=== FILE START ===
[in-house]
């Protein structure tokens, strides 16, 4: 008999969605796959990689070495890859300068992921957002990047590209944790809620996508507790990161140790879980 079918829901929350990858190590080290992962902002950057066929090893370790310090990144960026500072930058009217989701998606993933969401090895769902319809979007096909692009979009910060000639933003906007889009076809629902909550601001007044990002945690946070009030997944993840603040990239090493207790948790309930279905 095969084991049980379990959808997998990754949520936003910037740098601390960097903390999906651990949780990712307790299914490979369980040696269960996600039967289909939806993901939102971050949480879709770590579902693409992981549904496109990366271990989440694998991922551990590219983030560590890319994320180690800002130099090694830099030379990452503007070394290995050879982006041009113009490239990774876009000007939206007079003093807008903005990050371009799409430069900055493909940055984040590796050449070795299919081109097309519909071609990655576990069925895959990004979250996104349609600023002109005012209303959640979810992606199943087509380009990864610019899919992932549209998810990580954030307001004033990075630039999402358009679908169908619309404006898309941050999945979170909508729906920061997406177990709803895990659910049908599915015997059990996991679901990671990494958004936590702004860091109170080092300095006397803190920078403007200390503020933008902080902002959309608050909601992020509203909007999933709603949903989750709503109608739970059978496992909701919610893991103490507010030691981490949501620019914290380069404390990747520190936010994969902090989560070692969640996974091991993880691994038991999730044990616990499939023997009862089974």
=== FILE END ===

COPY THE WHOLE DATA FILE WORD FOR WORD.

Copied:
[in-house]
């Protein structure tokens, strides 16, 4: 008999969605796959990689070495890859300068992921957002990047590209944790809620996508507790990161140790879980 079918829901929350990858190590080290992962902002950057066929090893370790310090990144960026500072930058009217989701998606993933969401090895769902319809979007096909692009979009910060000639933003906007889009076809629902909550601001007044990002945690946070009030997944993840603040990239090493207790948790309930279905 095969084991049980379990959808997998990754949520936003910037740098601390960097903390999906651990949780990712307790299914490979369980040696269960996600039967289909939806993901939102971050949480879709770590579902693409992981549904496109990366271990989440694998991922551990590219983030560590890319994320180690800002130099090694830099030379990452503007070394290995050879982006041009113009490239990774876009000007939206007079003093807008903005990050371009799409430069900055493909940055984040590796050449070795299919081109097309519909071609990655576990069925895959990004979250996104349609600023002109005012209303959640979810992606199943087509380009990864610019899919992932549209998810990580954030307001004033990075630039999402358009679908169908619309404006898309941050999945979170909508729906920061997406177990709803895990659910049908599915015997059990996991679901990671990494958004936590702004860091109170080092300095006397803190920078403007200390503020933008902080902002959309608050909601992020509203909007999933709603949903989750709503109608739970059978496992909701919610893991103490507010030691981490949501620019914290380069404390990747520190936010994969902090989560070692969640996974091991993880691994038991999730044990616990499939023997009862089974």